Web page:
Incredibly, it seems as though very few people knew of the reactors existence. The reactor is one of only two ever made and known as a Californium Neutron Flex multiplier. The bunker in which is was located is in Rochester, New York and seemingly never caused any sort of problem through radiation leaks or other ways.
Apparently, Kodak used the device to conduct years of research. It was also used to check materials for impurities and to perform neutron radiography testing. Kodak continues to claim the device is safe and couldn't explode since it wasn't a power plant. The device had been mentioned in some research papers, but was never publicly announced.
Incredibly, it would appear that Kodak never alerted the local police or fire departments that the reactor was located there or even existed. The company decommissioned the reactor with the help of federal regulators six years ago. The uranium plates were placed in protective containers and removed in November 2007.
The lawsuit between Apple against Motorola & HTC has been moved back, with the judge consolidating the disparate trials, which are made up from patent infringement claims by Apple against both Motorola and HTC, with both companies counter-claiming against Apple.
The new combined trial has been pushed back until April of 2014. Federal Judge Robert N. Scola of the Southern District of Florida approved Apple's consolidation request, in spite of the objections from both Motorola and HTC. Now that the case has been rescheduled to 2014, Motorola have lost their chance to enforce any patent suits against Apple in the short term.
Within the lawsuit, Motorola are being accused of violating 14 Apple patents, and at the moment, they have a six patent counter-complaint. Motorola gains the ability to add six other patents that it had filed a separate lawsuit for against Apple in regards to the iPhone 4S and iCloud, which potentially brings their counter-claim total to 12, from 6. HTC on the other hand benefits from the rescheduled lawsuit, as the trial is later than Apple's proposed date of December 2013, and long after Motorola's date of March 2013.
With DOTA 2 being a 'new kind of free-to-play', the problems with the DOTA trademark still hovered over the heads of Valve, and Blizzard. But this is all sorted, thankfully.
Valve will come off with the better part of the deal, where they get to keep the name for their upcoming DOTA 2 title. Blizzard on the other hand will change the name of Blizzard DOTA to Blizzard All-Stars, which Blizzard say "ultimately better reflects the design of our game". Blizzard's EVP of Game Design, Rob Pardo, said that both studios recognize that "players just want to be able to play the games they're looking forward to".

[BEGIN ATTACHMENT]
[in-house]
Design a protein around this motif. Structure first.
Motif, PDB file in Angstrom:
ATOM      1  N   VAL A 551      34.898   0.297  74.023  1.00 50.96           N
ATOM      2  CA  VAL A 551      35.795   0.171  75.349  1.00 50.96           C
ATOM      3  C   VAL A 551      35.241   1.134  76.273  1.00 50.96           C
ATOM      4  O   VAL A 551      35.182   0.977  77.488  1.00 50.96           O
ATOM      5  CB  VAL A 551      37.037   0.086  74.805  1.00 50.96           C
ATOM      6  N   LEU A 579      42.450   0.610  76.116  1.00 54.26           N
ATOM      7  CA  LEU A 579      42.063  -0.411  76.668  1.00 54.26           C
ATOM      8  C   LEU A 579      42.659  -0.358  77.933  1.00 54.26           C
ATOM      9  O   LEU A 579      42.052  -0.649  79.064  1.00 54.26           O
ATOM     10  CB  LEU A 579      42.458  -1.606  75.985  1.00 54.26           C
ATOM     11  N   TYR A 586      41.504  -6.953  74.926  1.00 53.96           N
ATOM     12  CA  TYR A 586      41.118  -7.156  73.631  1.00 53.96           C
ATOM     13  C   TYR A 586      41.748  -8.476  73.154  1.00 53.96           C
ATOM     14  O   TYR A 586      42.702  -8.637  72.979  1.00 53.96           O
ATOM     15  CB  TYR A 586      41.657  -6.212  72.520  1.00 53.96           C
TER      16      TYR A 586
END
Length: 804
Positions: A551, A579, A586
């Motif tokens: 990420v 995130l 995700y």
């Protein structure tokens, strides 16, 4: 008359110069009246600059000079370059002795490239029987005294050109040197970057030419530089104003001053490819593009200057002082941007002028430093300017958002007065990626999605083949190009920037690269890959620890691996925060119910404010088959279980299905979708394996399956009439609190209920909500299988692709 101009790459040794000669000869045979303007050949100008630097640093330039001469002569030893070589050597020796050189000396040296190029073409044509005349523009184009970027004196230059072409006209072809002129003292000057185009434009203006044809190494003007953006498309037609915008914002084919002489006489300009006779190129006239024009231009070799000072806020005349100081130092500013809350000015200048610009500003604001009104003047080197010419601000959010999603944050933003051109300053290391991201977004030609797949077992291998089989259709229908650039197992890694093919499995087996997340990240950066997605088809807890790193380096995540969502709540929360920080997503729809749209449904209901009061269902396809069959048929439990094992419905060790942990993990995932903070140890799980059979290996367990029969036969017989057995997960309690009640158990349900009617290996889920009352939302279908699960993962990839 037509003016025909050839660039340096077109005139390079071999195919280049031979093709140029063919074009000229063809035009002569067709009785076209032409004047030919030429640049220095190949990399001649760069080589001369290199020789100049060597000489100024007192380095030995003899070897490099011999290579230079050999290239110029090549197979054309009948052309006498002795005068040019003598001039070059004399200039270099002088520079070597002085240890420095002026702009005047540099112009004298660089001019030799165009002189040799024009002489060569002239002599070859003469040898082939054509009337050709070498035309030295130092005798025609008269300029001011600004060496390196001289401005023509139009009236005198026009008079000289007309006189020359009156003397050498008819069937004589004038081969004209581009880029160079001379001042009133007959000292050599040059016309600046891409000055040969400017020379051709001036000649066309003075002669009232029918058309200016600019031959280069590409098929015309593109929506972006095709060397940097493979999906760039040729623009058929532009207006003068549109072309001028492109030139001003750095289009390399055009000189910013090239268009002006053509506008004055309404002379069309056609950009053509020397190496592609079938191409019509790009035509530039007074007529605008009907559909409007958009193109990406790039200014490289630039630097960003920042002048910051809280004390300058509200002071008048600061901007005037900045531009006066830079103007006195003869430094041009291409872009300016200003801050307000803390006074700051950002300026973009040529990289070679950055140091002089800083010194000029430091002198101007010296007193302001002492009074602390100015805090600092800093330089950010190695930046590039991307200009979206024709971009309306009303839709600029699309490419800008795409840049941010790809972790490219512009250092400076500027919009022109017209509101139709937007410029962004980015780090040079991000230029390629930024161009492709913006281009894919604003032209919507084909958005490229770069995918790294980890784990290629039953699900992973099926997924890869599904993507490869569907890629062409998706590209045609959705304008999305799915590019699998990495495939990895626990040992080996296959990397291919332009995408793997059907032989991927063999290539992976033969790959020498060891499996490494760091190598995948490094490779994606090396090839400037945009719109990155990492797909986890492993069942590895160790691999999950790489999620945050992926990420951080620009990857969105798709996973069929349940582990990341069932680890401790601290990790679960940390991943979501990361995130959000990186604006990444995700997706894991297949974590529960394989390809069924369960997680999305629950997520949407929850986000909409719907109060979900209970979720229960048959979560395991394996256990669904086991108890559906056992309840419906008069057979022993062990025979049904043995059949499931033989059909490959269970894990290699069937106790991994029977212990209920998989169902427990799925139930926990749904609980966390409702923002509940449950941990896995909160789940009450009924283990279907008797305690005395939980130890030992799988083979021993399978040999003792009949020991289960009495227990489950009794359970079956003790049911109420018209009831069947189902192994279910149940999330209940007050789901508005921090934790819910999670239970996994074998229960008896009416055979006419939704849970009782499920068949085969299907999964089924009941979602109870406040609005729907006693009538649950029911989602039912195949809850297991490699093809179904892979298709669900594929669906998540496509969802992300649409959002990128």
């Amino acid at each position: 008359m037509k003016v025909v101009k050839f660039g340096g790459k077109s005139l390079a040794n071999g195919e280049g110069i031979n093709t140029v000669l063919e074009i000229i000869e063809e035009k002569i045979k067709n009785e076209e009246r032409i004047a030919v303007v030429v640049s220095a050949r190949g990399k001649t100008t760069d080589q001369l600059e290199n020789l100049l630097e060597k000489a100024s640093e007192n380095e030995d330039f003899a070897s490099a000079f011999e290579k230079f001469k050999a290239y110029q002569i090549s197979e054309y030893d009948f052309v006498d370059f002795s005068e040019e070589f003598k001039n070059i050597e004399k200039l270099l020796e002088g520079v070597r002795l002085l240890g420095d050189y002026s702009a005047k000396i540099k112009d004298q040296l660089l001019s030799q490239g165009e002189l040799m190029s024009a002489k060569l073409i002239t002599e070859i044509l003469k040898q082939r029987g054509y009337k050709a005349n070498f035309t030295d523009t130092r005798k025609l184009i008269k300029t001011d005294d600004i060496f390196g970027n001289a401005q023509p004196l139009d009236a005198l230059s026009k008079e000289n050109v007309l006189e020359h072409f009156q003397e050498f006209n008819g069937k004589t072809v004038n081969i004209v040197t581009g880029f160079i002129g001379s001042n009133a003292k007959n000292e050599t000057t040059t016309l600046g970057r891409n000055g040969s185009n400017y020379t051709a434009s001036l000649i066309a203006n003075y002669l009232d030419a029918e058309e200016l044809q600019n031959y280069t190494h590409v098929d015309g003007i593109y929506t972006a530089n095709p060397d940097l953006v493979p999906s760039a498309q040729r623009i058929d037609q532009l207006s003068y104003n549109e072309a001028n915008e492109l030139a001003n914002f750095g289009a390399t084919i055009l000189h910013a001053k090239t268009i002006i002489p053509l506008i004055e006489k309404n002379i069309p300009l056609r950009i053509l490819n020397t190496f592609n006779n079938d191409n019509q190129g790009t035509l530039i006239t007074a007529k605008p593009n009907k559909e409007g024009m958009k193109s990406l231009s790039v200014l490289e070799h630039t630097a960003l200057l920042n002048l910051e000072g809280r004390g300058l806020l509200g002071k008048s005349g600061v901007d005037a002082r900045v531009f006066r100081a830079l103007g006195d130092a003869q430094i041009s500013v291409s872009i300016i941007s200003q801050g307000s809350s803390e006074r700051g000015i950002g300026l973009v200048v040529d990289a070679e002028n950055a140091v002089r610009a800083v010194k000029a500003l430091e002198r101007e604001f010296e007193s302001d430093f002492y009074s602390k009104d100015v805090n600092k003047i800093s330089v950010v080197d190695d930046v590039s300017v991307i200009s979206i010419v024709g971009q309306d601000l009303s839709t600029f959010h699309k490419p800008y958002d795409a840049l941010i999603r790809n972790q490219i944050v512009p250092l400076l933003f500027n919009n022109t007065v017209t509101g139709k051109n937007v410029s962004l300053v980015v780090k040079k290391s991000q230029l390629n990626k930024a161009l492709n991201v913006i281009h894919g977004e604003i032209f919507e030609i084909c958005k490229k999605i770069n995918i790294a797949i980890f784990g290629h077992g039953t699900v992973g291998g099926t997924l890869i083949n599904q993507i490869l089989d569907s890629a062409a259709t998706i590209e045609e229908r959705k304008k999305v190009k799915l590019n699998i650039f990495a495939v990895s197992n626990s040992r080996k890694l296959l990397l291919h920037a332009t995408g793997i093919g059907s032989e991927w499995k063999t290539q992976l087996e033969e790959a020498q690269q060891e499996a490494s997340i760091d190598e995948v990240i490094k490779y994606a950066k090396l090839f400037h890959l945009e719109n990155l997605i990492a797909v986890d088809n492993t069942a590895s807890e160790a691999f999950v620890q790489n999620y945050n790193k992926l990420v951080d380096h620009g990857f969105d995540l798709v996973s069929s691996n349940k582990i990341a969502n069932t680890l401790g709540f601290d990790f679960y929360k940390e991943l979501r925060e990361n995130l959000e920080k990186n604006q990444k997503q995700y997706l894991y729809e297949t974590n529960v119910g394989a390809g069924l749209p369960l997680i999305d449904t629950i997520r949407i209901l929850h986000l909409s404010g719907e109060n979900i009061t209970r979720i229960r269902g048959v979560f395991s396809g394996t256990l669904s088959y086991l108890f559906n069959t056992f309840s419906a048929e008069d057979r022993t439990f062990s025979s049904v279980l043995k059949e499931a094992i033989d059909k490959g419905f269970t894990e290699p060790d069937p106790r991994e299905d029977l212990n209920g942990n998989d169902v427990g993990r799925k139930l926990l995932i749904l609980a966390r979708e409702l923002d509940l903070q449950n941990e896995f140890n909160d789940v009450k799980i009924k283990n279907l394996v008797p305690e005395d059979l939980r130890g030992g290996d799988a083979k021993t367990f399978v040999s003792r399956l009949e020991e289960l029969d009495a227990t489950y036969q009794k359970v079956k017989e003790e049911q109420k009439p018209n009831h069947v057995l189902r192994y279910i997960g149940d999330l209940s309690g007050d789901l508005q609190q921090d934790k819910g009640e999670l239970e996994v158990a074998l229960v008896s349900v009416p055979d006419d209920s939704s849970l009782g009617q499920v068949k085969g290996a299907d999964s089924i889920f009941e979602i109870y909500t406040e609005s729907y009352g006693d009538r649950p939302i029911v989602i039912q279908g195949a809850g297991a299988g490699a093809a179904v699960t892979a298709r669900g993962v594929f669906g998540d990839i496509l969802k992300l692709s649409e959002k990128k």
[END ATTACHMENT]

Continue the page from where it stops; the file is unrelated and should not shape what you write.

This is a great move, and pissing off your fan-base is not how you get return customers. Blizzard must have known if they fought with Valve, they would look bad to their player base. At a time of launching Diablo III today. On the other hand, Gabe Newell, president of Valve says:
We're pleased that we could come to an agreement with Blizzard without drawing things out in a way that would benefit no one.
Best Buy has announced that its founder Richard Schulze will step down as chairman of the company, following the company's annual shareholder meeting to be held on June 21. Schulze is set to be replaced by Hatim Tyabji, the current chair of the audit committee and chairmand and CEO of Bytemobile.
A statement released today, Tyabji said that the story of Best Buy is a remarkable American success story and that Schulze's leadership and vision helped to change the landscape of American retail. But, Schulze's reputation could be hit, following an investigation of former CEO Brian Dunn. A story from CNET, says that Best Buy hired law firm WilmerHale to investigate the conduct of Dunn.
The investigation found that Dunn had an "extremely close" relationship with a female employee that negatively affected the work environment. This relationship between Dunn and the employee demonstrated poor judgment and a lack of professionalism but the report concluded that he didn't misuse any company resources. Dunn resigned as CEO only last month. The problem here is that Schulze found out about the incident back in December of last year, but failed to inform the board members.
The world's largest daily deals company, if you didn't already know, is Groupon. The company has proudly posted their first quarterly profit, where they reined in marketing spending while signing up more customers and merchants, with these effects driving up stock 12.5-percent higher.
Groupon now sports more than 36.9 million active customers, and has passed 100,000 merchants served in the first quarter. Groupon's after-hours rally to roughly $13.21 followed a big gain of more than 18-percent in regular trading on Nasdaq, the company's largest single-day gain since they went public in November.
Analysts have said short-sellers scrambled to cover their positions, anticipating better-than-expected results after the bell. But, the good news does come at a price. Groupon has lost more than half its market value this year, with concerns of waning demand for its daily deals, as well as the company's accounting troubles. Revenue sits at $559.3 million, compared to $295.5 million in the first quarter of 2011. So we can see year-over-year revenue is up considerably.